Brilliant article.

Their drivers next year Rubens Barichello and Nico Hulkenberg will be best pairing they have had for a long time. They have not had guy of Rubens’s experience since possibly 2005/2006.

If Cosworth engines work out well then they could even win a race.

Remember Rosberg had pace to win at Singapore but was stuck behind Hamilton and then finally made pitlane exit error!!


Good on them for looking to the future, they are an example of how to run an F1 team in my opinion. Hope they can get back to the front with resource restriction coming in, as they were before the really big money came along. Just a little worried about their potential to attract world class drivers.


My question – what happened to Williams?

From a 1990s full of championships and glory to nothing like that success this decade.

Can they ever rediscover that form?

Thoughts anyone?


Frank and Patrick can afford to take credit in the fact that the much discussed transitory and opportunistic nature of manufacturers participation has been proven recently whilst Williams remains. Pay off the mortgages guys but please stay true to your true beliefs


Is Frank Williams a quadriplegic? I thought he had use of his arms?

Mike from Medellin, Colombia


Mike from Medellin, Colombia

I mean, no – he doesn’t have the use of his arms. I found out embarrassingly several years ago when I asked Frank for his autograph and his nurse told me that he has is unable to use his arms.


I’m afraid he just wasn’t in the mood. Otherwise, he uses wheelchair gloves just for fashion, and this pic captures a miracle floating paralyzed arm:×478/sutton/2007/d07esp1590.jpg

And ee was using wheelchair gloves this year, for the FOTA meeting at Flavio’s boat in Montecarlo.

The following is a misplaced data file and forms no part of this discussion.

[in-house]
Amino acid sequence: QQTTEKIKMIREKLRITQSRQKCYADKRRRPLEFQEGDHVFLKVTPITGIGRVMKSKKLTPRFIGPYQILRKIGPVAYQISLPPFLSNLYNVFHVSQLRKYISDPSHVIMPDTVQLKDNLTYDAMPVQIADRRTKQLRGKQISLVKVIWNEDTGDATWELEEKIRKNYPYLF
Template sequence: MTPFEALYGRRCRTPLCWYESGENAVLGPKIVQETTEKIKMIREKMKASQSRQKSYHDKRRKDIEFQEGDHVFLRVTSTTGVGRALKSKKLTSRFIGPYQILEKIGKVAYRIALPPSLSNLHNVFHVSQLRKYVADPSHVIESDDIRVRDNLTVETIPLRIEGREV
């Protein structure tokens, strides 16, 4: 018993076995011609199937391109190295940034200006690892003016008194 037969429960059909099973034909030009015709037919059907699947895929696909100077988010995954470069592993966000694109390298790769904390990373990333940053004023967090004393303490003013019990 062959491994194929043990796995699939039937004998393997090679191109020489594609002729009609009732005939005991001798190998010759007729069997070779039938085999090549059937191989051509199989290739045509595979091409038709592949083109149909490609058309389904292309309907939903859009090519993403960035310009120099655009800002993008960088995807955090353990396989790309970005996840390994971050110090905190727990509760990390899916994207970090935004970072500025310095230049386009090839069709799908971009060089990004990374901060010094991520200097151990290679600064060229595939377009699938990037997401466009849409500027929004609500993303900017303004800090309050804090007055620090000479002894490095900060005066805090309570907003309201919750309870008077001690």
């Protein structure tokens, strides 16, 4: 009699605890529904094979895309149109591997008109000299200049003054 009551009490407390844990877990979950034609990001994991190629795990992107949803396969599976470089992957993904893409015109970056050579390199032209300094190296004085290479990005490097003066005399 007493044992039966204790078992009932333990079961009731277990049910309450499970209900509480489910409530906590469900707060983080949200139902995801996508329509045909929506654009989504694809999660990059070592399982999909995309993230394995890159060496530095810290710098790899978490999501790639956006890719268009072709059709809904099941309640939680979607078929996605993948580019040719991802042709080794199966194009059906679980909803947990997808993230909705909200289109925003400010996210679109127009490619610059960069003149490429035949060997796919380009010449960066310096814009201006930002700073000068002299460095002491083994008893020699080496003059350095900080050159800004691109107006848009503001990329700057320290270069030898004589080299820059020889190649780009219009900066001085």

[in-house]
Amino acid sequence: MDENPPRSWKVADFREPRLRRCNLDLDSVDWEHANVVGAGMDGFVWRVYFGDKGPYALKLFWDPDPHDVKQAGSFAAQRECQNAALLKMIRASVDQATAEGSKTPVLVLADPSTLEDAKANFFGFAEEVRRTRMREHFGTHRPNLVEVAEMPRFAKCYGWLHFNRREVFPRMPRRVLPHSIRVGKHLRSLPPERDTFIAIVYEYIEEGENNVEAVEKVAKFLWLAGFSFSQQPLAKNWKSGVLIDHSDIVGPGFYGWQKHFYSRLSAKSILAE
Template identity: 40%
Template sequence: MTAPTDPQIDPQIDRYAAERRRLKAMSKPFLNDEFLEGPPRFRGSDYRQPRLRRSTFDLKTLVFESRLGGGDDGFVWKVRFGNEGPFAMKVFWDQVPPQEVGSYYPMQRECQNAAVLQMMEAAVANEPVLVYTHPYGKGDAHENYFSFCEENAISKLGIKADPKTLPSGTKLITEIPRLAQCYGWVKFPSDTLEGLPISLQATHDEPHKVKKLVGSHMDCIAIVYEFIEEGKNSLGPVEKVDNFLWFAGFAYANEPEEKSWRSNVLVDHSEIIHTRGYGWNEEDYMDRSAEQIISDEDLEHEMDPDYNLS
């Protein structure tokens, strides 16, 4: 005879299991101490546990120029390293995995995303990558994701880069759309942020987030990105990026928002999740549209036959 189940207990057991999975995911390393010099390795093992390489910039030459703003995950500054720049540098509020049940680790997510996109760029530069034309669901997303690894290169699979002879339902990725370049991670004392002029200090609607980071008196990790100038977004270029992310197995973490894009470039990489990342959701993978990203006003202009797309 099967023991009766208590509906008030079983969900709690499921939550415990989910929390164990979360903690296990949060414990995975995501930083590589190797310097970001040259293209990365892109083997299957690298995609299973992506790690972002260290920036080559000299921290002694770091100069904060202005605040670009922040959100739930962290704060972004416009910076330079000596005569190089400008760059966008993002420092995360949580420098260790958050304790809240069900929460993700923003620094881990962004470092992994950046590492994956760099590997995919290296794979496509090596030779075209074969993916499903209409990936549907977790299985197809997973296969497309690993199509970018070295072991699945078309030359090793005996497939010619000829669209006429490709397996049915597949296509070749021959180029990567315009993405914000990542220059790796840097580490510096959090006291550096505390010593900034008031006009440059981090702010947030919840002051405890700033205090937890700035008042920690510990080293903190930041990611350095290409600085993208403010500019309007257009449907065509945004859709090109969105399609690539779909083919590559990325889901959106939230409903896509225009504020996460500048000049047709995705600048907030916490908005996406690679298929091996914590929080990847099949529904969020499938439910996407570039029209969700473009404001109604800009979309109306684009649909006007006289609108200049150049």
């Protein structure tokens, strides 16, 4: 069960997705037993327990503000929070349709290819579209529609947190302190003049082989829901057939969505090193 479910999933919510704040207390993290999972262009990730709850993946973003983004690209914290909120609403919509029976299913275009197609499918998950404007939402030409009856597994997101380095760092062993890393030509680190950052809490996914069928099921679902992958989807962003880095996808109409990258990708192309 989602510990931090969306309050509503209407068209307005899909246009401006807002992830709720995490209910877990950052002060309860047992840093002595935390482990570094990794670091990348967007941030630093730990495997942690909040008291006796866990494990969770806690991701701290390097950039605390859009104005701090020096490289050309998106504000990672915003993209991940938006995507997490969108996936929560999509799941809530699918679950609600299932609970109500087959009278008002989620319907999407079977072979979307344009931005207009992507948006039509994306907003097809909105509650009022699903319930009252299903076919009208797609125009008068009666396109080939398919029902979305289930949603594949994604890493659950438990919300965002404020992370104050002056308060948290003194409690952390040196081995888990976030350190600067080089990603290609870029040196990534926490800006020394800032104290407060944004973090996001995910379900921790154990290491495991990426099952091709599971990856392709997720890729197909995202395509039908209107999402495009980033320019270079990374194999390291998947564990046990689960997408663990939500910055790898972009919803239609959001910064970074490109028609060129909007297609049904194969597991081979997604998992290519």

If you look on Google, you’ll find lots of pictures where Frank Williams is shown using his arms to move his wheelchair.



I often here the phrase lately – ‘McLaren setting itself up as a “British Ferrari”’…

What does this even mean? They’ve hired Button – does this make McLaren a British Ferrari? If so – how?

They’ve recently released the MP4-12C, but does this make them any more the British Ferrari than when they released the F1 in 1991?

I’m sorry, but I genuinely don’t understand the term… what on Earth does it actually refer to?!


All British sportscar, McLaren chassis and engine. The realisation of Ron Dennis’ long held dream.


Thanks for that James – I see now that it’s the ‘own engine’ bit that does it… though I still reckon the closest Britain ever came to producing its own Ferrari was Lotus…


Though, in F1 terms, I think BRM was the last British team to make the whole car — engine, chassis, gearbox.


On that topic (and off the main one), James, I had a thought that once they’re making their own engines, in say 2012 or so, they will want to find at least one other team to sell a supply to. It’s probably too early to see movement on that front right now, but I suppose Force India is the most likely at the moment, given the links between the two. Completely off-topic, I know.


I think Williams should be the British Ferrari! Bruce McLaren was a kiwi after all


Is Frank really THE oldest surviving Quadraplegic? I find that amazing.